India’s aviation market has been a mess. Jet Airways is out of business. oneworld member Kingfisher is no more. And Star Alliance member Air India is teetering on the edge of bankruptcy.
The government-owned airline is currently surviving on subsidies while the country looks for a buyer to take over the flag carrier. It’s expected that the government would retain the airline’s $8.4 billion in debts, while the new owner would take the Star Alliance member airline nearly debt-free. The government just wants to stop additional bleeding. Last year India offered to sell 76% of the airline. Now they’re open to selling the whole thing in addition to retaining debt.
Air India has suffered decades of corruption. For instance the airline owned tens of millions of dollars worth of art, much of which was ‘lent’ to executives to display in their homes and went missing. They’ve tried cost cuts, like making flight attendants share hotel rooms, and revenue protection plans like telling employees not to upgrade their friends anymore. That hasn’t done the trick.
Over the summer six airports refused to sell fuel to Air India afraid of ever getting paid. They don’t have sufficient funds to get 12 grounded Airbus A320s in need of engine replacement back into the sky.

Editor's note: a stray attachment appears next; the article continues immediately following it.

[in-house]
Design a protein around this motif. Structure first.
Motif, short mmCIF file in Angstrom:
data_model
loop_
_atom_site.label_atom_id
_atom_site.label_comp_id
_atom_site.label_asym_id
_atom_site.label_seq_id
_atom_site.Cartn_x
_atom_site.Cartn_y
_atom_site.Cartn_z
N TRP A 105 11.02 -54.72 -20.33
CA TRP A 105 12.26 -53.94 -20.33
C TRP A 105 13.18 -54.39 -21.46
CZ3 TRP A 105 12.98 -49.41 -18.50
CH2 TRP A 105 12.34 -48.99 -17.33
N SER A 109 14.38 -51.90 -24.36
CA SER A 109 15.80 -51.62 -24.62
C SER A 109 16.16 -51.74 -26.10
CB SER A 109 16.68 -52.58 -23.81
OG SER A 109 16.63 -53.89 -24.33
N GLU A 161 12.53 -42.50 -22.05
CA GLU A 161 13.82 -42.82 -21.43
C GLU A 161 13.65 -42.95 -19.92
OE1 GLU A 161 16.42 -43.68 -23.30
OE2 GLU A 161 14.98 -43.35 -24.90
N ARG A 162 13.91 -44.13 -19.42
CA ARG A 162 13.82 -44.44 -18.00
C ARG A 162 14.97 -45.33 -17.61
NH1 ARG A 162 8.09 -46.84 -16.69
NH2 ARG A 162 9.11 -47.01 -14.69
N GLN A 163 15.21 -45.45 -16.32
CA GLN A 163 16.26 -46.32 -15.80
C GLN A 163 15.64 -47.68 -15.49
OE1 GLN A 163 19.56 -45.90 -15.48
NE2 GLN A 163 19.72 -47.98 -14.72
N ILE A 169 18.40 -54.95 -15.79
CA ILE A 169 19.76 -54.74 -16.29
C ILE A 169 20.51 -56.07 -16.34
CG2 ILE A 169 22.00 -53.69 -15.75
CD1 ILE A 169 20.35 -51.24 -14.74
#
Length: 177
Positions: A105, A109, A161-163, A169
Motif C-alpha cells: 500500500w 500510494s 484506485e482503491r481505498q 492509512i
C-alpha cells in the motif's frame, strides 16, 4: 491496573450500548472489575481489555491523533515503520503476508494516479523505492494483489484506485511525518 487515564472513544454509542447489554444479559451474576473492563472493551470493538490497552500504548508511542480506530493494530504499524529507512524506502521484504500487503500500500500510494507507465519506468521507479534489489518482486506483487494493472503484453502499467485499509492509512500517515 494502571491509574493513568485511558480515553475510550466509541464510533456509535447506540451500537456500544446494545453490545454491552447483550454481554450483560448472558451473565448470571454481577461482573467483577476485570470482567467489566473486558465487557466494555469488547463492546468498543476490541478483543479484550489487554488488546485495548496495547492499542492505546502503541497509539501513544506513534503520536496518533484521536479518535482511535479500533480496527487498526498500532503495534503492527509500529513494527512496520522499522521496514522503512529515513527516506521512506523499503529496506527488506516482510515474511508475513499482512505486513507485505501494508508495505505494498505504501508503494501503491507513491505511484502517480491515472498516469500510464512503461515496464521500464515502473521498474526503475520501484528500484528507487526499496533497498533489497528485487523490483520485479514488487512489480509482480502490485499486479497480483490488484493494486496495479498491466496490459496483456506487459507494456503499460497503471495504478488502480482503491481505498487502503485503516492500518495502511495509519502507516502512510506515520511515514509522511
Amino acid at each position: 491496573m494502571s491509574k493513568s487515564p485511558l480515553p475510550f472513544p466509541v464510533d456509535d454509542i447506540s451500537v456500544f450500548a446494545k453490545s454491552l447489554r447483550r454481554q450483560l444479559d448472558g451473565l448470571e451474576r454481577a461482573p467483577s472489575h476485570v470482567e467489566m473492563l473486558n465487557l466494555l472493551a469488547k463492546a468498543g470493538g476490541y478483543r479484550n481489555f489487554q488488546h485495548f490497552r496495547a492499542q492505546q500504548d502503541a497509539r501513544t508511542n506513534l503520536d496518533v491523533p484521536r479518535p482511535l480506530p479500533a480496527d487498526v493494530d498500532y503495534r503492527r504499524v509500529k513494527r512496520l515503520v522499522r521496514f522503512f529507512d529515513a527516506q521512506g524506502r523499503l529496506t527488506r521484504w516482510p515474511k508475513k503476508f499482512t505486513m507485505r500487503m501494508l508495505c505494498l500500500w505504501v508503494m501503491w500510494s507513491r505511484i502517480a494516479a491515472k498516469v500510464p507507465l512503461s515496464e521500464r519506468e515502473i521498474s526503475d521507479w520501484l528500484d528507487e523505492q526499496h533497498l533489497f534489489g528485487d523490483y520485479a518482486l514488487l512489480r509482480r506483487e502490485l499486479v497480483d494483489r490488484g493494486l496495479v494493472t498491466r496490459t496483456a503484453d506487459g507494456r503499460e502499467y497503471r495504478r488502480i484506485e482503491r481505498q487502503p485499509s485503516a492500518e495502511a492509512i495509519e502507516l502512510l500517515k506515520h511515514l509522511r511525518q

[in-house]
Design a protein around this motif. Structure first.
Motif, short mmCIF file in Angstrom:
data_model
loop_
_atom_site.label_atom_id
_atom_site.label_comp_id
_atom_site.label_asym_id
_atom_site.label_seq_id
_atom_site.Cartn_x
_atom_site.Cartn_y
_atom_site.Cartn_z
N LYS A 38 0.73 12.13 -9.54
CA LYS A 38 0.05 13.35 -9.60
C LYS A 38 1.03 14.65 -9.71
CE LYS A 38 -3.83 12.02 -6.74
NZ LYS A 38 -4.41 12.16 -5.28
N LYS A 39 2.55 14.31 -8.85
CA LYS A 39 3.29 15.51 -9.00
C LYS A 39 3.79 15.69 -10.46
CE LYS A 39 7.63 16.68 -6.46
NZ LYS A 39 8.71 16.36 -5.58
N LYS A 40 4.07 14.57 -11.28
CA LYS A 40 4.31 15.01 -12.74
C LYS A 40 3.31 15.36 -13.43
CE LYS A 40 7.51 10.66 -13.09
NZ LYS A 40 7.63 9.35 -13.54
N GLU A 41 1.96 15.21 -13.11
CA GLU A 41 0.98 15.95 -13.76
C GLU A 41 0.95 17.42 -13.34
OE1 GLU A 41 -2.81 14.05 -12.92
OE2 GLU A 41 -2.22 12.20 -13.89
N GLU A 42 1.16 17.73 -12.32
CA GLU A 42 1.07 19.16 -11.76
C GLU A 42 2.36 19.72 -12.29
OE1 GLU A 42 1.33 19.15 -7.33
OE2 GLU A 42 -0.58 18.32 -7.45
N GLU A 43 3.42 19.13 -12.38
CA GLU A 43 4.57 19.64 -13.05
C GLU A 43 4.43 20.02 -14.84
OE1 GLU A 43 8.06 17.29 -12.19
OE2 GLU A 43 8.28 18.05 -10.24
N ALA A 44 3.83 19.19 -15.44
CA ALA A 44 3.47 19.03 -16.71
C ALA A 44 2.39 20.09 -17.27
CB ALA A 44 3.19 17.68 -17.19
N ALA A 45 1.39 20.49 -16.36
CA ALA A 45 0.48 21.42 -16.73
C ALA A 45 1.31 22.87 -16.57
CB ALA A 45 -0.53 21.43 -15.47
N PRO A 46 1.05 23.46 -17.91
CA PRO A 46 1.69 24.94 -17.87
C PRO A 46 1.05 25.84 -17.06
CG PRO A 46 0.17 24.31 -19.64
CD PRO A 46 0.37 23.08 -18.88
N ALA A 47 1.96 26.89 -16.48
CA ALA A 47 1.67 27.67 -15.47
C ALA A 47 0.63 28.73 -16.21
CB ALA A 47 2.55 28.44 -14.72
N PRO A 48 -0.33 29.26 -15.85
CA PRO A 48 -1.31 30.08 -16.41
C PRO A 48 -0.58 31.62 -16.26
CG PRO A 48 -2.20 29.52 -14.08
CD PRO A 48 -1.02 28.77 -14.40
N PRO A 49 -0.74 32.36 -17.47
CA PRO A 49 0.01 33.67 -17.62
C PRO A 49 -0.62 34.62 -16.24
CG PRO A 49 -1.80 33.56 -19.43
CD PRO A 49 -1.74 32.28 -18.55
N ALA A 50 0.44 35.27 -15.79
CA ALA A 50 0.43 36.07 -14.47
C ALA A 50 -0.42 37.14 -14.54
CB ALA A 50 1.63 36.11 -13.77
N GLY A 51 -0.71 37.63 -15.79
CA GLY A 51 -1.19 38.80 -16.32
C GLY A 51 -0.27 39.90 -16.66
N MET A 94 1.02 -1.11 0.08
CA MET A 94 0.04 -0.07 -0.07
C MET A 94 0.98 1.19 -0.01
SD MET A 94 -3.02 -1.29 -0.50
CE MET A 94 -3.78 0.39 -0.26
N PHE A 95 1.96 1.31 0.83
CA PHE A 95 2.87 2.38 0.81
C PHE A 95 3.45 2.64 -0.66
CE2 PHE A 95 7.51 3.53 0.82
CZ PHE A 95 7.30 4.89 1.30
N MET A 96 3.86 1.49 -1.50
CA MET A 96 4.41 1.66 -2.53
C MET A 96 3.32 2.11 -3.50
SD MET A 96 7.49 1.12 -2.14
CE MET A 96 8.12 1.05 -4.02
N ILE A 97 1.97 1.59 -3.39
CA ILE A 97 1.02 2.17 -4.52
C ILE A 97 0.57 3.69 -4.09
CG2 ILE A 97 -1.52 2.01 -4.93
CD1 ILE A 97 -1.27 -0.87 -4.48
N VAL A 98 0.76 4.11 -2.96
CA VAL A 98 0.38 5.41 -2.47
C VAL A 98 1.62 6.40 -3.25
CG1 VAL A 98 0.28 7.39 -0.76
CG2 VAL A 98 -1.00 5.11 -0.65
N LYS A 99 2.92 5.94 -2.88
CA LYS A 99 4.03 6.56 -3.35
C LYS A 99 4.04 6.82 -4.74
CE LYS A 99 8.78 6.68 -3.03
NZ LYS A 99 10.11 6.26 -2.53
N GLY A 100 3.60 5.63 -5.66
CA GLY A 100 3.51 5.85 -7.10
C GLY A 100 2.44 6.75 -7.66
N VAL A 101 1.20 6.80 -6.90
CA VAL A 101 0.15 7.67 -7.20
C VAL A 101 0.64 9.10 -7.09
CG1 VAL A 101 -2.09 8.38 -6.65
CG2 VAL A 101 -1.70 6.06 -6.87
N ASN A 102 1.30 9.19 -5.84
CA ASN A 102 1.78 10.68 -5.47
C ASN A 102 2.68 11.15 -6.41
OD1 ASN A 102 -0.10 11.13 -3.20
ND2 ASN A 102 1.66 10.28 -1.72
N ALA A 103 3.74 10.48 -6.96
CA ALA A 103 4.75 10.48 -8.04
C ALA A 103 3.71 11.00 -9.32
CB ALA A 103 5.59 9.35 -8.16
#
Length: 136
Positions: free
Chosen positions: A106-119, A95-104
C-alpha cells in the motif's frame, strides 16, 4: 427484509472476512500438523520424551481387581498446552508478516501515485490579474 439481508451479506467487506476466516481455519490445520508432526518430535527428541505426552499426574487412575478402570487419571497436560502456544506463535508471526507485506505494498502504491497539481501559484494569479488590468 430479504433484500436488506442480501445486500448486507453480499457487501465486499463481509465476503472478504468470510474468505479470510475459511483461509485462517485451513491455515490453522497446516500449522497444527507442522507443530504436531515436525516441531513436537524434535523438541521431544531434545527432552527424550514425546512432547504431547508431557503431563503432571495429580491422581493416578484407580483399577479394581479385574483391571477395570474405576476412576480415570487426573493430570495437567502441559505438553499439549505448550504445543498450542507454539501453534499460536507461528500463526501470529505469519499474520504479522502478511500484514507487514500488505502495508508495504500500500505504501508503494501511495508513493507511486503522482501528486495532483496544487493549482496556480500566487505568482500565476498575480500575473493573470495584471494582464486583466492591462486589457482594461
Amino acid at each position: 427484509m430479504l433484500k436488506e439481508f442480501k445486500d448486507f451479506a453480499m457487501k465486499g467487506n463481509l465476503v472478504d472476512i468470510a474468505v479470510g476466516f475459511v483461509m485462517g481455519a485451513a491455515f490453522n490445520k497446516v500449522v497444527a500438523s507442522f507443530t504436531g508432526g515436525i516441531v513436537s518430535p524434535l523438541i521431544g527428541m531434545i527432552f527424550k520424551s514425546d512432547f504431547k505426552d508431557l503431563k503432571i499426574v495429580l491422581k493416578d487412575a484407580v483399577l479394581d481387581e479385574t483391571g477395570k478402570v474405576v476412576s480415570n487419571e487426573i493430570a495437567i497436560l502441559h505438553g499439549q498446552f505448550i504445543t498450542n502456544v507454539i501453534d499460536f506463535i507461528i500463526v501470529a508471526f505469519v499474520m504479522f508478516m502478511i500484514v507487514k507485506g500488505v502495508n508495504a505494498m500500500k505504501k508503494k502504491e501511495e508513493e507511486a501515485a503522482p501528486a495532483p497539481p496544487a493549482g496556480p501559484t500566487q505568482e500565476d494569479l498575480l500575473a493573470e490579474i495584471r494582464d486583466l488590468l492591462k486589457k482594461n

As the Indian government shops the airline, now there’s word that if they can’t find a buyer they may have to just shut it down in six months.
Sounding alarm bells, the official said Air India might well go Jet Airways way if a prospective buyer does not come on board by June next year.
…”We are some how managing the operations at present and at best we can sustain this situation till June. If a buyer does not come by that time, we will have to shut shop,” said the official on condition of anonymity.
Air India Boeing 777-200LR, Copyright: boarding1now / 123RF Stock Photo
A major stumbling block is that the government is seeking a privatization deal that fully protects the airline’s 9400 employees and 4200 contract workers. The government has publicly promised not to inject additional funds into the airline, beyond those already committed.
Since there’s little hope that current management will turn around the airline that means either a change in control or shutting down Air India. In reality the government will have to blink, either with additional funds or with the terms under which it sells the airline.
Here’s what it’s like flying Air India when they don’t spend money to fix the air conditioning.
— ANI (@ANI) July 3, 2017